When Oliver Stone turned over the massive amount of raw footage that became JFK, editor Joe Hutshing knew it would be a challenge.
“I wondered if it could even be watchable,” Hutshing says. “It was so incredibly complicated. It was like looking at a schematic for a TV set and then imagining actually watching the TV.”
From the mountain of raw footage, to the first five-hour cut, to the final three-hour –and-eight-minute editing masterpiece, Hutshing had to make decisions, consider choices and re-examine goals. This is editing.
Editing systems may range from sophisticated digital suites with all the bells and whistles to basic single-source systems consisting of a camera, TV and VCR. Still, the functions of editing remain the same:
• To connect shots into a sequence that tells a story or records an event,
• To correct and delete mistakes,
• To condense or expand time and
• To communicate an aesthetic.
Whether you’re creating a Hollywood feature film or tightening a vacation video, the challenge is to take raw footage and within the limitation of equipment and budget, transform it into something compelling and watchable.
Shooting with the Edit in Mind
Editing may be the final step of the production, but to make a truly successful video, you need to begin making editing choices in the concept stage. What will the overall look of the piece be? The mood? The pacing? Will you cut it to music? What kind of music?
There are several techniques that will help you plan. Prepare a shooting script, a storyboard or-if it is not a scripted production-an overview for your program. This will be the blueprint for your production.
A shooting script lists the action shot by shot, along with proposed camera angles and framing.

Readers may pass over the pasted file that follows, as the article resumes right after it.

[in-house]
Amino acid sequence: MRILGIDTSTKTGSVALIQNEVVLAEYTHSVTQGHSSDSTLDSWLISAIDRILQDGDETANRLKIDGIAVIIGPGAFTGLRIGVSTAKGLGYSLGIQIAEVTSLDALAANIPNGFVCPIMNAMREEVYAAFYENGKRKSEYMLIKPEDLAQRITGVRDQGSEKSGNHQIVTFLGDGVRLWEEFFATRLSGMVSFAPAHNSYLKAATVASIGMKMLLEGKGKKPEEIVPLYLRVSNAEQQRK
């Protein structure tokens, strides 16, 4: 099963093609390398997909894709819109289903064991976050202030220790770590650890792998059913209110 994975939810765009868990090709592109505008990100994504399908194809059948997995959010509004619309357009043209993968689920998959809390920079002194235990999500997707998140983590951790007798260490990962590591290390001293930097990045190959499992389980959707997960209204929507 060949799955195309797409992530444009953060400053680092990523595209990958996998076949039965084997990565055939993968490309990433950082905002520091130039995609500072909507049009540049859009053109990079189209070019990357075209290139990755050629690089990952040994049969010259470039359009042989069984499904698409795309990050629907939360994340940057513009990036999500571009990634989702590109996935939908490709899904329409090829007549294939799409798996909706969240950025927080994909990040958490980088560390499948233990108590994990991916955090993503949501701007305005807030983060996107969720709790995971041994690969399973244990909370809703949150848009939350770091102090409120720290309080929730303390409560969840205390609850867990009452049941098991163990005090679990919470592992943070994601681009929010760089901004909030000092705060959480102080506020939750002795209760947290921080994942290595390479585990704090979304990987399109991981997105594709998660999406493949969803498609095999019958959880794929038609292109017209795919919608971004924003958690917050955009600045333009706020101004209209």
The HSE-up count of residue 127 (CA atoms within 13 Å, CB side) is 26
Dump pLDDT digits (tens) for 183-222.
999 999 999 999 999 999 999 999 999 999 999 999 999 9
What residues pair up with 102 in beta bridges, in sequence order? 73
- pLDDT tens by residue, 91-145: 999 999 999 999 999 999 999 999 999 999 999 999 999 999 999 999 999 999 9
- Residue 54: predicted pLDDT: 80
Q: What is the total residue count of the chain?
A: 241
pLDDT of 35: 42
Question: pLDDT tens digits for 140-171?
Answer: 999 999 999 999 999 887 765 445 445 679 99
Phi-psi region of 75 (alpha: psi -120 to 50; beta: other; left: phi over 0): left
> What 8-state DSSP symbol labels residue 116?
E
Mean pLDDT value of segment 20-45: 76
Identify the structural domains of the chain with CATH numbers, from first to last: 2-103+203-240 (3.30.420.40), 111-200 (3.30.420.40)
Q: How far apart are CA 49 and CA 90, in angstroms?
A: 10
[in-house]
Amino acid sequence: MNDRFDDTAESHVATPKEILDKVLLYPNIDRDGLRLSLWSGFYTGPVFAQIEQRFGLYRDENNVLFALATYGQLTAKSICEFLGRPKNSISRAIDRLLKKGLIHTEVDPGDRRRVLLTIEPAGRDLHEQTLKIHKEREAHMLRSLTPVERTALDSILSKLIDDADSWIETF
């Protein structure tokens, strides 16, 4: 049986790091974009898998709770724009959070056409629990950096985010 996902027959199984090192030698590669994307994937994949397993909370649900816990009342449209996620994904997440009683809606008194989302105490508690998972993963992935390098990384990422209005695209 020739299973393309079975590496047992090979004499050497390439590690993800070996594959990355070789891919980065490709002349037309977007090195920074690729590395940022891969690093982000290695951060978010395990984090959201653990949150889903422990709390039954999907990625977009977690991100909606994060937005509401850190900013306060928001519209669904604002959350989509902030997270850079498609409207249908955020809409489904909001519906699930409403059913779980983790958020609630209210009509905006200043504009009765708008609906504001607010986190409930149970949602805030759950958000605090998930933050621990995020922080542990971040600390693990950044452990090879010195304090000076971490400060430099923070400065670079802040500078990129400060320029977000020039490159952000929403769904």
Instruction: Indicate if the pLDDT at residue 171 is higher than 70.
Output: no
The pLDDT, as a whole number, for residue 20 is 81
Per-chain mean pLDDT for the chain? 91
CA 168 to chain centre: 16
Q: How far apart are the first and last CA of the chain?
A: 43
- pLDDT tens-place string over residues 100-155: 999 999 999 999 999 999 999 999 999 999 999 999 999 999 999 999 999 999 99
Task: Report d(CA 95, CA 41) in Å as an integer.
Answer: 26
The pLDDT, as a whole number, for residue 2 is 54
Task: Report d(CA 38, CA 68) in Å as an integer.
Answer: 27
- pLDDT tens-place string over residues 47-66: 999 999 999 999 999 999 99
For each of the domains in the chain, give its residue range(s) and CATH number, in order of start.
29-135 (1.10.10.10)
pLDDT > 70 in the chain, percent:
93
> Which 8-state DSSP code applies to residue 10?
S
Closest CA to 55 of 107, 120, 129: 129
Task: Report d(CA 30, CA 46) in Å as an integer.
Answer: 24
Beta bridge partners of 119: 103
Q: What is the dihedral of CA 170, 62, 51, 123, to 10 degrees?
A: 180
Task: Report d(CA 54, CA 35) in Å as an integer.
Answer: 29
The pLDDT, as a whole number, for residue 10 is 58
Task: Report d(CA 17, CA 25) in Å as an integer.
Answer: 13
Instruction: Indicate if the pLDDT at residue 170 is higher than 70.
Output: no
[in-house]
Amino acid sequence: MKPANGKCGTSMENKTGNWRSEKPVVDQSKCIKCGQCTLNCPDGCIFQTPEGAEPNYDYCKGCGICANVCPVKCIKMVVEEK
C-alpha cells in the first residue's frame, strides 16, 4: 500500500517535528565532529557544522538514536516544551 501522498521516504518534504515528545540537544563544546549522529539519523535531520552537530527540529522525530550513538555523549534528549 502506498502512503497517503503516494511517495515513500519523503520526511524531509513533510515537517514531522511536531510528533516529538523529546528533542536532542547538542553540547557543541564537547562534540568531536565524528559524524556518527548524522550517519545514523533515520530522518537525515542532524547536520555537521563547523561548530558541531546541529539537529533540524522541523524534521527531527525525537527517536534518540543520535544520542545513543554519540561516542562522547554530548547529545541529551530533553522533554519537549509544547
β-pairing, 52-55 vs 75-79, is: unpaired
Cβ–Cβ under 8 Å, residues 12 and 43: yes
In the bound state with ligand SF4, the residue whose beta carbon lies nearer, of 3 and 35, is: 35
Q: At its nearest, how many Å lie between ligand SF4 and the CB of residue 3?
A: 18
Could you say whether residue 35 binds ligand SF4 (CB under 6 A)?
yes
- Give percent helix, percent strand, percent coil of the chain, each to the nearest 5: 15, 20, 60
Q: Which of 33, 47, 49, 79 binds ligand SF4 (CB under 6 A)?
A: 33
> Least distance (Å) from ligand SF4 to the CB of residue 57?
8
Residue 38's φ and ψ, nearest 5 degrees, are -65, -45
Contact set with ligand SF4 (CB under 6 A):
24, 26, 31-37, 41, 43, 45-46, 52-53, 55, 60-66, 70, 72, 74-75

In a storyboard, actual sketches illustrate each scene. It’s a good opportunity to see what will work before you shoot it.
An overview should include: the chronology of shots as they will appear in the video; approximate timing for each shot; and information about accompanying audio, graphics and titles for each scene.
Next prepare a shot sheet. Make sure it includes every shot listed in your script or overview. Get several shots of each item on the list.
“You need a variety of shots,” says Kevin Corcoran, vice president of Pacific media Center in Santa Clara, California. “In a basketball game, for example, you get shots of the crowd, shots of the scoreboard, shots of the referee, shots of the environment. In action that’s typically long and drawn out, you need to consolidate information. You need to have images to cut to in order to make it look smooth.”
Even in scripted production, Corcoran recommends getting a variety of shots.
“I always try to get a wide shot and a head and shoulders shot for each block of text,” says Corcoran. “Who knows what you’ll find when you go into an edit? There may be something that bothers you with continuity in the background of a wide shot. Now you have a place to go.”
While Joe Hutshing had massive amounts of material to edit for JFK, Corcoran says the more common problem is too little material.
“Often there are large sections to be removed and no smooth way to cut,” says Corcoran. “This is especially true when you’re editing on a two-machine, cuts-only system. Ideally, you will have some other framing, another angle, a reaction or some other activity happening in the environment. If it’s a person at a podium talking, you need an audience reaction shot or two or three. You must have cutaways to consolidate a half-hour speech without jump cuts.
You also invariably end up with footage you can’t use, often due to the unexpected appearance of objects on tape that you never noticed during the shoot. Once, when editing the “dream house” segment of a TV program, I discovered a power supply right in the middle of the kitchen floor. Nobody saw it in the field and every sweeping pan-all wide shots-included the ugly box. Other than featuring a dream house with n kitchen, we had no option but to use the embarrassing piece or footage.